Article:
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The Friends of Eddie Coyle: A Novel Paperback – April 27, 2010

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Editorial Reviews

Amazon.com Review

George V. Higgins's first novel is like a blast of Atlantic air; the Boston prosecutor virtually reinvents the language of the crime novel with his unique ability to breathe life into the dialogue of the smalltime hoodlum and hustler. Trying to pull off one final score, career crook Eddie Coyle finds himself squeezed out of shape by the people above and below him. The explosive conclusion is inevitable yet fascinating. --This text refers to an out of print or unavailable edition of this title.

Review

Rings true as a police siren. (The Boston Globe)

The best crime novel ever written--makes The Maltese Falcon read like Nancy Drew. (Elmore Leonard)

Chilling . . . The most penetrating glimpse yet into what seems the real world of crime. . . . Positively reeking with authenticity. (The New York Times Book Review)

Truly a bravura performance. Higgins is a master of colorful street language heard around Boston. Throughout the novel, without quaintness or self-parody, he is able to sustain long arias of criminal shoptalk. . . . A sophisticated thriller. (Time)

First-rate, absolutely convincing, enormously readable. (The Christian Science Monitor)

Simultaneously a brilliant thriller and a cold and convincing business prospectus of felony--a profession that traps both sides, gunmen and policemen, into ceaseless compulsory degardations. (The New Yorker)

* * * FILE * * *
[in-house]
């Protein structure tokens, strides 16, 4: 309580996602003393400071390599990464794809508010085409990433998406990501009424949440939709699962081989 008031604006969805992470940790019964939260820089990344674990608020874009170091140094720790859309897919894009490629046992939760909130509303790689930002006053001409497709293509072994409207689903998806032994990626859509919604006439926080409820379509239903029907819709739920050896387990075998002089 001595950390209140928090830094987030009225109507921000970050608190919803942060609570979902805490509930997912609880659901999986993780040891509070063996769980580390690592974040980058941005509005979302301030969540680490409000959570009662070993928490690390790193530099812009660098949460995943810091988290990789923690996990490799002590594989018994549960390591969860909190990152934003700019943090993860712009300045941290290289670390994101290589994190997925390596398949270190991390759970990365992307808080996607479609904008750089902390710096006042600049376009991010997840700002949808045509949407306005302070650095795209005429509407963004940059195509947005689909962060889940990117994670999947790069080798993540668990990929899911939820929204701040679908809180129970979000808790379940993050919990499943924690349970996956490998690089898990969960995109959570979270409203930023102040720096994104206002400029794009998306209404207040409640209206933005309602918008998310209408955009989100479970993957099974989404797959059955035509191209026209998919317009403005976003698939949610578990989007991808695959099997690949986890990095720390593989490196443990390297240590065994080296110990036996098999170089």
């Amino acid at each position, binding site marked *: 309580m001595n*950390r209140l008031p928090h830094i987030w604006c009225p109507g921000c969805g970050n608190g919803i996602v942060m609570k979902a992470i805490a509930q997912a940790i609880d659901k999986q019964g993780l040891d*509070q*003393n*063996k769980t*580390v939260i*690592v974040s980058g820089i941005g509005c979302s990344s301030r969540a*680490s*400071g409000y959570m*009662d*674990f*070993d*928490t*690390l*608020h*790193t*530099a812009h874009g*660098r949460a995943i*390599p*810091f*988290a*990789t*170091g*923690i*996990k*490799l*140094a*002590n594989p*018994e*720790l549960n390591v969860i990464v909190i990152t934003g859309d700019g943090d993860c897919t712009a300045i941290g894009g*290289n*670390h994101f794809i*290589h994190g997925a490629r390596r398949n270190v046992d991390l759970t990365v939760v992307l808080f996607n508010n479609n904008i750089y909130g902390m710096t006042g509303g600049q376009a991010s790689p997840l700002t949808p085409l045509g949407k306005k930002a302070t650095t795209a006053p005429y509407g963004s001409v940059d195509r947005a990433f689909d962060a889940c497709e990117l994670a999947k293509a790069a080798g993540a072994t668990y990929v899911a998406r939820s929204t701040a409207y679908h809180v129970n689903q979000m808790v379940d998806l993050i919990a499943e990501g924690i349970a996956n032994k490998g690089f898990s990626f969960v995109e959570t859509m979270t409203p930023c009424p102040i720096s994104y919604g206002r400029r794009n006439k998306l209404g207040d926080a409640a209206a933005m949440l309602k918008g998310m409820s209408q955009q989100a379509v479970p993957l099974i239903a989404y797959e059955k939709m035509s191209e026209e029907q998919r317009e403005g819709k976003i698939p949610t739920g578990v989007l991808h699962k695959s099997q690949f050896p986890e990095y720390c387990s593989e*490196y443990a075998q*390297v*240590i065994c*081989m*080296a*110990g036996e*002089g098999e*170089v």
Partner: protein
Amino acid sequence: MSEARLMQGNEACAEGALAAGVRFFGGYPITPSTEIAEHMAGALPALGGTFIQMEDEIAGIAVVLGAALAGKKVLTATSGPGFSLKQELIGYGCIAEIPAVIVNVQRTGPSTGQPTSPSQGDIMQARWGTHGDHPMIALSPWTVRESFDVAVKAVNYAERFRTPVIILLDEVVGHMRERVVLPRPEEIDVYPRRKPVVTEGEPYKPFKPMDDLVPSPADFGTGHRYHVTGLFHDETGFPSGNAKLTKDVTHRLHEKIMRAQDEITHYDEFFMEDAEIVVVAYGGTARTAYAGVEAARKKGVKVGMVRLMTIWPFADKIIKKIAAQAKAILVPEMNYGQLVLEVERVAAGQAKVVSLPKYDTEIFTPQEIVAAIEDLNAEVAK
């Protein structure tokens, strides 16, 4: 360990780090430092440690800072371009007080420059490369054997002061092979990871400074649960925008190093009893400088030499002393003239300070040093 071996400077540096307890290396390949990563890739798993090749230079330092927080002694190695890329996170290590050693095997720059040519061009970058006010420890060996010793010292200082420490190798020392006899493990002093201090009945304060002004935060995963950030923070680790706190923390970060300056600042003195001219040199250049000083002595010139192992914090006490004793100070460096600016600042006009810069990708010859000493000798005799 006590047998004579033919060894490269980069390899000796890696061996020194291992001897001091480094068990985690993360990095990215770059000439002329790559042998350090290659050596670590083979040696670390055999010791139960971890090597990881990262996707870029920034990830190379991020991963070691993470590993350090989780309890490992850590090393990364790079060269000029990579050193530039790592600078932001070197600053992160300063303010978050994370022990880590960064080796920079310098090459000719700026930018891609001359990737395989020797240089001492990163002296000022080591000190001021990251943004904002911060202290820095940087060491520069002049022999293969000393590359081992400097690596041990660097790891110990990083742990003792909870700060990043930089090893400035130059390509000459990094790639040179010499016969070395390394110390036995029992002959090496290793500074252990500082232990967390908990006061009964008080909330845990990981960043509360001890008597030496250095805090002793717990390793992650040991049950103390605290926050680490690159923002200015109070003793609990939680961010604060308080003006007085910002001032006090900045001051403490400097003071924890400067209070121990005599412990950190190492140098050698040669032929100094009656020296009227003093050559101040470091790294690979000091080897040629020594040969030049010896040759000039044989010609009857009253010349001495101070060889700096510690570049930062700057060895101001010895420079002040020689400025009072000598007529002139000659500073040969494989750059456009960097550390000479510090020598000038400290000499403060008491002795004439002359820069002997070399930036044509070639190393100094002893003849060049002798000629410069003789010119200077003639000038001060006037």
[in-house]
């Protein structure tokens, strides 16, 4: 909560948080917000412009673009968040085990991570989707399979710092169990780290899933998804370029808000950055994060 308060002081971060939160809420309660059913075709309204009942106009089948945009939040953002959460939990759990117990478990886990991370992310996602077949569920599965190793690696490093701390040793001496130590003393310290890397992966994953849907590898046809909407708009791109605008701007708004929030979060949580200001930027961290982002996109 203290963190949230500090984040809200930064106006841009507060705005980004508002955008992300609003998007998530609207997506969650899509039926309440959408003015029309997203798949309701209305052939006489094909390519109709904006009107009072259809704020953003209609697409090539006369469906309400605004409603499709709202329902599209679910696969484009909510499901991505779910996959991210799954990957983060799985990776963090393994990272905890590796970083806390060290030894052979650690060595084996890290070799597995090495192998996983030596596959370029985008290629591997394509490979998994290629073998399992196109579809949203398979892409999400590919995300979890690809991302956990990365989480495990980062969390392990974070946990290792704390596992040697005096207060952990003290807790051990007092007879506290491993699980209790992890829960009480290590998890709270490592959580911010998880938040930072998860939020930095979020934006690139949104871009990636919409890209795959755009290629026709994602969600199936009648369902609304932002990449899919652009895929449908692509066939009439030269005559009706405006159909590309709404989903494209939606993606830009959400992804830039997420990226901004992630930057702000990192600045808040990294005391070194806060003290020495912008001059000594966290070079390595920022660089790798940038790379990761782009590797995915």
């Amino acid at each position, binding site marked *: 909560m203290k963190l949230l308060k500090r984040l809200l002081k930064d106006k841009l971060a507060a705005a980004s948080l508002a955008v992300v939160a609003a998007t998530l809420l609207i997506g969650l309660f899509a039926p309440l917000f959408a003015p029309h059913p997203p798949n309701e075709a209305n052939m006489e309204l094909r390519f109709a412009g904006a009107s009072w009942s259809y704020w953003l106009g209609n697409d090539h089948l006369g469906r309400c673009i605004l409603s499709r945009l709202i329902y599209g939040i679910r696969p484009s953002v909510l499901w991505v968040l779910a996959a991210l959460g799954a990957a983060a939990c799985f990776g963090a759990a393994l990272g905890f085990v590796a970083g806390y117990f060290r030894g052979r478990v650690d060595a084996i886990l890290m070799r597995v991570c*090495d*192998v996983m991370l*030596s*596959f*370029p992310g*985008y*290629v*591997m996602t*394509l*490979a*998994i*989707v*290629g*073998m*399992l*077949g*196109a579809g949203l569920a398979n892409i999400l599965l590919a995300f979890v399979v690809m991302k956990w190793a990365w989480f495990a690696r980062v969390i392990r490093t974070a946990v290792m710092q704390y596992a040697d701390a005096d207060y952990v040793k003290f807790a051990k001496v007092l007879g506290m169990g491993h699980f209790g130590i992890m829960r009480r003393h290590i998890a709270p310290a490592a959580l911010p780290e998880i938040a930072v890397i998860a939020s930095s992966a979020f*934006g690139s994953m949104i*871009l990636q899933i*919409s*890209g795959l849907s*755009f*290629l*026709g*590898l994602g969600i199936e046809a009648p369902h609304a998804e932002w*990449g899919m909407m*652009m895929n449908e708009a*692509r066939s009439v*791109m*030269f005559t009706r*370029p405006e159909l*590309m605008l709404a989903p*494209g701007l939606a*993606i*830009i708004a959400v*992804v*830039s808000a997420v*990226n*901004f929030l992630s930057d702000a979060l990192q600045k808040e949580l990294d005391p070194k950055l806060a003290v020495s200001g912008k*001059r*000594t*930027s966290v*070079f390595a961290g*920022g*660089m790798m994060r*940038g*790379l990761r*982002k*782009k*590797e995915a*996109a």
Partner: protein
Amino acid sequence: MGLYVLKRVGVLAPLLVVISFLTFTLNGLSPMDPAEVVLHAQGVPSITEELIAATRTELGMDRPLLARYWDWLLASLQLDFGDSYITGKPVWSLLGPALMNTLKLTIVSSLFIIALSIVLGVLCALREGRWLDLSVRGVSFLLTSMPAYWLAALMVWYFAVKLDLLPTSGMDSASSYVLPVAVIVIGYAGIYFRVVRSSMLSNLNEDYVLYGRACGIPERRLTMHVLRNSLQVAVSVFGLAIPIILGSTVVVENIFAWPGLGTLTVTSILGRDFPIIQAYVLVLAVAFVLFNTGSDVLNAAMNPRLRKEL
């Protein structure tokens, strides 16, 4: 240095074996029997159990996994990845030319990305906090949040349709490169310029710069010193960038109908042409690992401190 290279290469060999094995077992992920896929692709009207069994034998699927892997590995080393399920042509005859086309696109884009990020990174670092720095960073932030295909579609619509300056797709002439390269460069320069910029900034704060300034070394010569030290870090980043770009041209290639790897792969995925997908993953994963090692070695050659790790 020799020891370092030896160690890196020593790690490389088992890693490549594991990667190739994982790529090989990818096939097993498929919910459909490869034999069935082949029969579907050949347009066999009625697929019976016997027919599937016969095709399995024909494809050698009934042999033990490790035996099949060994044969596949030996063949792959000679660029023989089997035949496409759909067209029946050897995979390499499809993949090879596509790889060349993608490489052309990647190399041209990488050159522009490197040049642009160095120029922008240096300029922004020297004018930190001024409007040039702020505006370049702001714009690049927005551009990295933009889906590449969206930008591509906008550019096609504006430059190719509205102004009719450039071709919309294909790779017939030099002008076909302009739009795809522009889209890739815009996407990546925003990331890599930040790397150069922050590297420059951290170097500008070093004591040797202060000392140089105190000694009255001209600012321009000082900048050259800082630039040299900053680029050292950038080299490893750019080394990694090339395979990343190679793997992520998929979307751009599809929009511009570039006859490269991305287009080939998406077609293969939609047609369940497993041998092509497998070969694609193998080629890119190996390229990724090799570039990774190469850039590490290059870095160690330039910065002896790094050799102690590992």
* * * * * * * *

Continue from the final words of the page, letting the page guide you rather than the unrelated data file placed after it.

The most powerful and frightening crime novel that I have read this year. It will be remembered long after the year is over, as marking the debut of a fine original talent. (Ross Macdonald)

The first thing to know about George V. Higgins' The Friends of Eddie Coyle is that it directly entered the crime-fiction canon upon its 1970 publication. The second thing to know is that it holds up as both a writer's-writer thriller and as popular pulp, with Dennis Lehane introducing Picador's new 40th-anniversary reissue of the novel by heralding it as 'the game-changing crime novel of the last fifty years'--a moderate claim compared to that of Elmore Leonard, who hails it as the best crime novel period. (Troy Patterson, SLATE)

Weighed and calibrated like the barrel of a pistol. The fact that he's writing about crooks is crucial in some ways, incidental in others. The real subjects here are life's futility and its bleak humor… Elmore Leonard learned from this novel, likewise David Mamet and of course Quentin Tarantino, who saw the narrative virtue in marrying violence to comedies of manners…. Higgins took the tough-guy novel into areas of demented anthropology and re-created a genre. (Richard Rayner, Los Angeles Times)

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Product Details

  • Paperback: 192 pages
  • Publisher: Picador; 40th Anniversary edition (April 27, 2010)
  • Language: English
  • ISBN-10: 031242969X
  • ISBN-13: 978-0312429690
  • Product Dimensions: 5.5 x 0.6 x 8.2 inches
  • Shipping Weight: 10.6 ounces (View shipping rates and policies)
  • Average Customer Review: 4.2 out of 5 stars  See all reviews (199 customer reviews)